Personal Pension  

Easing the crunch

But not all IFAs are happy about the new arrangements.

The route many advisers are taking is to set up a strategic partnership with a provider, where intermediary clients are guaranteed a place on a scheme as long as they comply with the pre-arranged criteria. However, sceptics have suggested this may cause clients to be shoehorned into funds irrespective of value.

One of the most reported partnerships so far is that between the national IFA firm LEBC and Standard Life. According to the initial statement on this deal, an agreement was reached that “allowed LEBC to offer its SME clients Standard Life’s Group Flexible Retirement plan as a package”, including access to online resources, member communications and the Scottish-based provider’s full fund range.

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Keith Allnutt, head of LEBC’s Bristol branch, confirmed that Standard Life had guaranteed to accept any of LEBC’s business, provided that at least five people sign up from each employer and pay in at least £100 a month by 2018. He said his firm had negotiated with several providers to avoid getting caught out by a capacity crunch and stuck with Nest as an alternative, which he claimed was not a viable option for clients who “took comfort” in established brand names.

When negotiating, Mr Allnutt said many providers “didn’t want anything to do with it”, but that Standard Life saw the benefits. He explained that this meant clients would be guaranteed a scheme with a big name and not have “to share with thousands of other employers”, as was the case with Nest.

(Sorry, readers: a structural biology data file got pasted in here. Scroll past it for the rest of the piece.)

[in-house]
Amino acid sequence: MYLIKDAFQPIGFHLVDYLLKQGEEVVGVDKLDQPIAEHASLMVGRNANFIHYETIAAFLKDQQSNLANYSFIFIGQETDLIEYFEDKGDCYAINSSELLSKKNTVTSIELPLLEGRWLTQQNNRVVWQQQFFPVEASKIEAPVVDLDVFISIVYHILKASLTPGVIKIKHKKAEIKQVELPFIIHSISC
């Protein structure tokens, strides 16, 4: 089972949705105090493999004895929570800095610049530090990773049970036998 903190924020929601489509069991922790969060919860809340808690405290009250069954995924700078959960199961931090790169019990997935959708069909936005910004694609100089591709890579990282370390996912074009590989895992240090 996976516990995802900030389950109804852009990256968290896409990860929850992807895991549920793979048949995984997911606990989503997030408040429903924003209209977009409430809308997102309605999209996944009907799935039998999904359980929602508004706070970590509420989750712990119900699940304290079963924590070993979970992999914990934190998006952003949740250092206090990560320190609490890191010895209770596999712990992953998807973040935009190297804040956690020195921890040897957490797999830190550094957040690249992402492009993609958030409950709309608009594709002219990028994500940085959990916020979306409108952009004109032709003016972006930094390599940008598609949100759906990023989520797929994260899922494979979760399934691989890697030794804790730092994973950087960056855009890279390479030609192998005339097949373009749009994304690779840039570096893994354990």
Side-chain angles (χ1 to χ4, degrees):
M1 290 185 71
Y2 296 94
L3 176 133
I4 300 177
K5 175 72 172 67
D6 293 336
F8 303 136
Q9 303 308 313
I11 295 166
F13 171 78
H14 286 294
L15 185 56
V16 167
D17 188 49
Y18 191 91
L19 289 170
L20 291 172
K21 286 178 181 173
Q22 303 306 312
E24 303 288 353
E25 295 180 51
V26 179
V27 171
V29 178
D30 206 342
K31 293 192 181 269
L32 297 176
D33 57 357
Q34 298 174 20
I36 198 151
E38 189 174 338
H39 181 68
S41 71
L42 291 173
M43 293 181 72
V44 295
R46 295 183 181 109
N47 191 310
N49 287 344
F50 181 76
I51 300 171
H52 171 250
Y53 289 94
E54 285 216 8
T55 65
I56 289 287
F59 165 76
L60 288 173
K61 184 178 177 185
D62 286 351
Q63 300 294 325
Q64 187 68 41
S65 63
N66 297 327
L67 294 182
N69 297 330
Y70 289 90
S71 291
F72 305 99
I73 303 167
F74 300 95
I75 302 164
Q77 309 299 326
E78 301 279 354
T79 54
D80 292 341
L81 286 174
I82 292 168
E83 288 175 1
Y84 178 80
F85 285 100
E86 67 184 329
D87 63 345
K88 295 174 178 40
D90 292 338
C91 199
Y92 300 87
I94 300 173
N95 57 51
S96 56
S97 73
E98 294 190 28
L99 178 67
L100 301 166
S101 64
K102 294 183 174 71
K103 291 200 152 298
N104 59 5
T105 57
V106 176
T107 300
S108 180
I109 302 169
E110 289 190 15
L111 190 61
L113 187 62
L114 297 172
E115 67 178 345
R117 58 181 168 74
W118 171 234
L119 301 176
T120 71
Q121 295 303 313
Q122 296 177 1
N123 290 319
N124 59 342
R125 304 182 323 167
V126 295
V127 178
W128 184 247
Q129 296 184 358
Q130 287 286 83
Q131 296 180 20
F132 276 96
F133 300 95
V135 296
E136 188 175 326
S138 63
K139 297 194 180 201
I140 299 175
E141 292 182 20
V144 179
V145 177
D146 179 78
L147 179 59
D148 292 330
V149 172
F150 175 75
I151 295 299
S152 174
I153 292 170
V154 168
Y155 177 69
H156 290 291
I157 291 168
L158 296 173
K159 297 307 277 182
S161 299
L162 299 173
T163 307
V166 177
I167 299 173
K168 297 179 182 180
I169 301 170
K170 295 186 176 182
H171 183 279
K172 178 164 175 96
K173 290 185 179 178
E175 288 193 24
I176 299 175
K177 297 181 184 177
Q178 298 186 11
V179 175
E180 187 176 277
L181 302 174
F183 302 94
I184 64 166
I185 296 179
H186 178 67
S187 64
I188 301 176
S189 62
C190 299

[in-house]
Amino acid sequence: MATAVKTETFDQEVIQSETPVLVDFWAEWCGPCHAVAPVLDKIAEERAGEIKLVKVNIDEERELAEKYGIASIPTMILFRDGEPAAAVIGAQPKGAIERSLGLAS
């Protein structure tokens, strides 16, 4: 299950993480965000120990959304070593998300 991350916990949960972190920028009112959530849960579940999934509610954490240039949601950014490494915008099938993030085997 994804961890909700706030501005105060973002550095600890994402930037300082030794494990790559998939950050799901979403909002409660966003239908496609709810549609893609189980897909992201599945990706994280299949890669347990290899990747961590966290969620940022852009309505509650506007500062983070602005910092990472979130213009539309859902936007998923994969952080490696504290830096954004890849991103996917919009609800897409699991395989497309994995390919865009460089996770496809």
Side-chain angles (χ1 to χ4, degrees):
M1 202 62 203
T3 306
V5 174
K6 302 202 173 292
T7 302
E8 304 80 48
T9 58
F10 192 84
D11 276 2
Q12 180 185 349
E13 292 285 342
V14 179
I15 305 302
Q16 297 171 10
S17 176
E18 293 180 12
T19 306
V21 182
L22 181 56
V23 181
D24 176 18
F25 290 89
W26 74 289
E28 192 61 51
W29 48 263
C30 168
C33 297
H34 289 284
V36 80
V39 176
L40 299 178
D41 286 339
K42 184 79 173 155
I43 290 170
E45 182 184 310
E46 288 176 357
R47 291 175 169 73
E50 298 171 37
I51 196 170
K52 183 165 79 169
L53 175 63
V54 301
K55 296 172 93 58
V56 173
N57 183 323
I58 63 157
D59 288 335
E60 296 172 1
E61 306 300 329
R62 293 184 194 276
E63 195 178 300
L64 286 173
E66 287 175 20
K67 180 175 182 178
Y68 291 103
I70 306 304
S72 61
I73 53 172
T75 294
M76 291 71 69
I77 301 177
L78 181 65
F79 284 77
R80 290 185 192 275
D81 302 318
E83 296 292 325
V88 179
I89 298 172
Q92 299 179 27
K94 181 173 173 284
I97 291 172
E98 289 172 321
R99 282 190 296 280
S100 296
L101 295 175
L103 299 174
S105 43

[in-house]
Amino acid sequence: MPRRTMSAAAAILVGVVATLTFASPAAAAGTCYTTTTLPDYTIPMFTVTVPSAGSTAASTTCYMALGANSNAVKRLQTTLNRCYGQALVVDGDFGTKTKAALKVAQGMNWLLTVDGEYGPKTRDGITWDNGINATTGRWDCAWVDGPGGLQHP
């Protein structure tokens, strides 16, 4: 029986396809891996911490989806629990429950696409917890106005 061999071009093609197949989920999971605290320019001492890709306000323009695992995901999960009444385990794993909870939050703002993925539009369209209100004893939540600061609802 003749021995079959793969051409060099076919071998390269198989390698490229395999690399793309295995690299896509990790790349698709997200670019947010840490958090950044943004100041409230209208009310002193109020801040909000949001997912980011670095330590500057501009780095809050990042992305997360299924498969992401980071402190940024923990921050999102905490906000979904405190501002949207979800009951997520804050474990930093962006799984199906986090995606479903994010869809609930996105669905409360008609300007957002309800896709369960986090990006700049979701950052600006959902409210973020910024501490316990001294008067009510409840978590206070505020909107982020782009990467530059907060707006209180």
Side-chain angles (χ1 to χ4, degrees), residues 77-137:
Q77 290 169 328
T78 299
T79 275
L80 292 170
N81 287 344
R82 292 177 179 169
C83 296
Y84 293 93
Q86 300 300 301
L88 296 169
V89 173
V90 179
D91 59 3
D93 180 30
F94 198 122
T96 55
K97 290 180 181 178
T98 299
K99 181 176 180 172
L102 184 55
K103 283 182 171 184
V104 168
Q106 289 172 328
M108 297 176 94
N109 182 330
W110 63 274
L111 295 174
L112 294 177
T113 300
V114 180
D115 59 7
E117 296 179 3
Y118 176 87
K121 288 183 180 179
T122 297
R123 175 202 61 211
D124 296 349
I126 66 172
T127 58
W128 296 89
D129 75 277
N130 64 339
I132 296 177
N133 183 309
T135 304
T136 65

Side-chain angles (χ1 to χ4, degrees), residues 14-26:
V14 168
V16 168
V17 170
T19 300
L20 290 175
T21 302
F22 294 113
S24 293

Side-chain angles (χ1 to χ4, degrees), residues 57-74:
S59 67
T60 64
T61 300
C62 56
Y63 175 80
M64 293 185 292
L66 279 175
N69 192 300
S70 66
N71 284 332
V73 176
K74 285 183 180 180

He said: “We have been ahead of the game. We have guaranteed pension schemes for our clients by negotiating with a life office to be on a small panel of IFAs with the guarantee of a scheme, which is a great message for us as lots are backing out and wanting six months’ notice.

“That does not mean all our business goes to Standard Life, but we have a backstop for companies that leave it too late. This is a commitment from Standard Life to us and with a very competitive price arrangement.”

Mark Cardy, director at East Sussex-based financial advice firm Skerritts, also claimed to have been approached by providers looking for partnerships, but opted not to accept, because it would have contradicted his company’s independent tag. With the capacity crunch looming, he said these types of deals were “inevitable” and offered plenty of benefits, even if they undermined the nature of whole-of-market advice. Most advisers, he added, tended to avoid Nest, due to its negative perception, and dealt with small panels anyway, because providers were exiting the market.

Mr Cardy, once worked as head of sales for Aegon UK, understood why providers wanted to make deals, given that they are “profit-making organisations” struggling to make money from smaller firm auto enrolment schemes. This, he added, left advisers with a dilemma, as it was clear that a capacity crunch could happen, yet no one knew how Nest would react if forced to accept massive volumes.